Ukraine peace talks may falter after air strike on fuel depot in Russian city, says Moscow

Kremlin claim helicopter attack in Belgorod, 35km from Ukraine border in low altitude mission

Russia accused Ukraine of carrying out an air strike against a fuel depot in the Russian city of Belgorod on Friday, an incident the Kremlin said could affect peace talks, but a top Kyiv security official denied responsibility.

Russia’s defence ministry said two Ukrainian helicopters struck the facility in Belgorod, some 35km (22 miles) from the border with Ukraine, after entering Russia at extremely low altitude at about 3am Irish time.

The resulting blaze forced the evacuation of some people. But late in the day Belgorod mayor Anton Ivanov said fire services were extinguishing the last remnants.

“There is no threat to human life and health. All residents can return to their homes,” he said in an online post.


Ukraine’s top security official rebuffed the Russian accusation – the first by Moscow of an air strike on Russian soil since Moscow launched its invasion on February 24th. Belgorod is one of Russia’s main logistics hubs for the war.

“For some reason they say that we did it, but according to our information this does not correspond to reality,” said Ukraine security council secretary Oleksiy Danilov.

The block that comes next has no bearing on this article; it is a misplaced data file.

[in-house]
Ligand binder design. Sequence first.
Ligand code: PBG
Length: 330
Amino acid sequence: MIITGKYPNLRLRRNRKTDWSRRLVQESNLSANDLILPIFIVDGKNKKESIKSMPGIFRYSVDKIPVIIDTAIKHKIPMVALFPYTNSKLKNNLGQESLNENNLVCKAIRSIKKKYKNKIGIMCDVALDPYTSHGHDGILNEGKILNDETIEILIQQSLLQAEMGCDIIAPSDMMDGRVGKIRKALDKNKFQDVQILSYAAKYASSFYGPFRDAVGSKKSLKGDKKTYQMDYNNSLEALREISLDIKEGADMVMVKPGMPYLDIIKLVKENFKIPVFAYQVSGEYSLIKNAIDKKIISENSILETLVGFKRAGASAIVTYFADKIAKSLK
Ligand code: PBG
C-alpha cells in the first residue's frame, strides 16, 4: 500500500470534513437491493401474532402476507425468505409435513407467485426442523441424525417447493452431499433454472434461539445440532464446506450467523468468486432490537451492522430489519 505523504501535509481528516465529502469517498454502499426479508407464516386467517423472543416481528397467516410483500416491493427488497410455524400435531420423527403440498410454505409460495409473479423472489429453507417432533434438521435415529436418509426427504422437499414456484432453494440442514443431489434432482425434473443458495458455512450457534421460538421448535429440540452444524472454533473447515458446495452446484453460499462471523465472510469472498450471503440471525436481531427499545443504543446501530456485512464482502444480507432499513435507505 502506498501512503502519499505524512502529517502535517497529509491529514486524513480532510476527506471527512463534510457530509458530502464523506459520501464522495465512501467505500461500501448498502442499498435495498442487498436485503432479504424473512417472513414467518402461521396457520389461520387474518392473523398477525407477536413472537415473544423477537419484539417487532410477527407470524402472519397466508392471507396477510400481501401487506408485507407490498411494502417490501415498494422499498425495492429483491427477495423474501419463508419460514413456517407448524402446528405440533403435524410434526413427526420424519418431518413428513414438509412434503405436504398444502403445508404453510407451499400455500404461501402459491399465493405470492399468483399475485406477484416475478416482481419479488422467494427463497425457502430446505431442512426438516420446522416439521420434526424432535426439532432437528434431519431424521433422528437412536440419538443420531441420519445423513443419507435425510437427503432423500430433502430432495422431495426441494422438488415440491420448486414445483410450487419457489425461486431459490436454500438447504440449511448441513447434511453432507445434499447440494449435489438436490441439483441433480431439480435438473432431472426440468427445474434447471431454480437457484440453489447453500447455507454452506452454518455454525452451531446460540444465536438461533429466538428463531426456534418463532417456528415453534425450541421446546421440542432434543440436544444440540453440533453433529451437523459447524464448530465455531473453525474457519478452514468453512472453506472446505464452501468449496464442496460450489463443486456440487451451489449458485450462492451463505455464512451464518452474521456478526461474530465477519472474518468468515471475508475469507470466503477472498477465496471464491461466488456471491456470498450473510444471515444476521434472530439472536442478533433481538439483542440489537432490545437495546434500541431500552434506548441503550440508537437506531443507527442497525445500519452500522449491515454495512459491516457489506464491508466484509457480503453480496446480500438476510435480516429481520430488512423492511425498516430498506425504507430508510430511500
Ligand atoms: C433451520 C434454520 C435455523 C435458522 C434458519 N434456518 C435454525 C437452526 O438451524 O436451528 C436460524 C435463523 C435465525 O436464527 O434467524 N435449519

Earlier, defence ministry spokesman Oleksandr Motuzyanyk said he would neither confirm nor deny a Ukrainian role.

“Ukraine is currently conducting a defensive operation against Russian aggression on the territory of Ukraine. And this does not mean that Ukraine is responsible for every catastrophe on Russia’s territory,” he said.

Kremlin spokesman Dmitry Peskov said Russian president Vladimir Putin had been briefed about the incident. Mr Peskov said the strike could jeopardise Moscow's peace negotiations with Kyiv.

Mr Danilov retorted: “He says it doesn’t help talks but . . . they kill our children.”

Security camera footage, from a verified location, showed a flash of light from what appeared to be a missile fired from low altitude in the sky, followed by an explosion on the ground.

Regional governor Vyacheslav Gladkov said the resulting blaze injured two workers. Mr Gladkov also said a second blast damaged a power line near the village of Nikolskoye but that no one was hurt. Pictures he posted showed a crater in a field.

Russian oil firm Rosneft, which owns the fuel depot, said no one was hurt in the fire. Russia’s defence ministry said the facility was exclusively for civilian use.

An ammunition depot near Belgorod caught fire on Wednesday, causing a series of blasts. At the time, Mr Gladkov said authorities were waiting for the defence ministry to establish its cause.

Meanwhile, the the White House said on Friday that the United States is providing Ukraine with supplies and equipment in case Russia deploys chemical or biological weapons.

White House press secretary Jen Psaki said the supplies were being provided given a warning by the United States and other countries about the possibility that Russia could deploy such weapons in Ukraine and might be planning a “false flag” operation to lay the groundwork for such an attack.

Battle for Kyiv

Russian forces are being pushed back around Kyiv but fighting is still fierce in some areas near Ukraine’s capital, according to Ukrainian officials.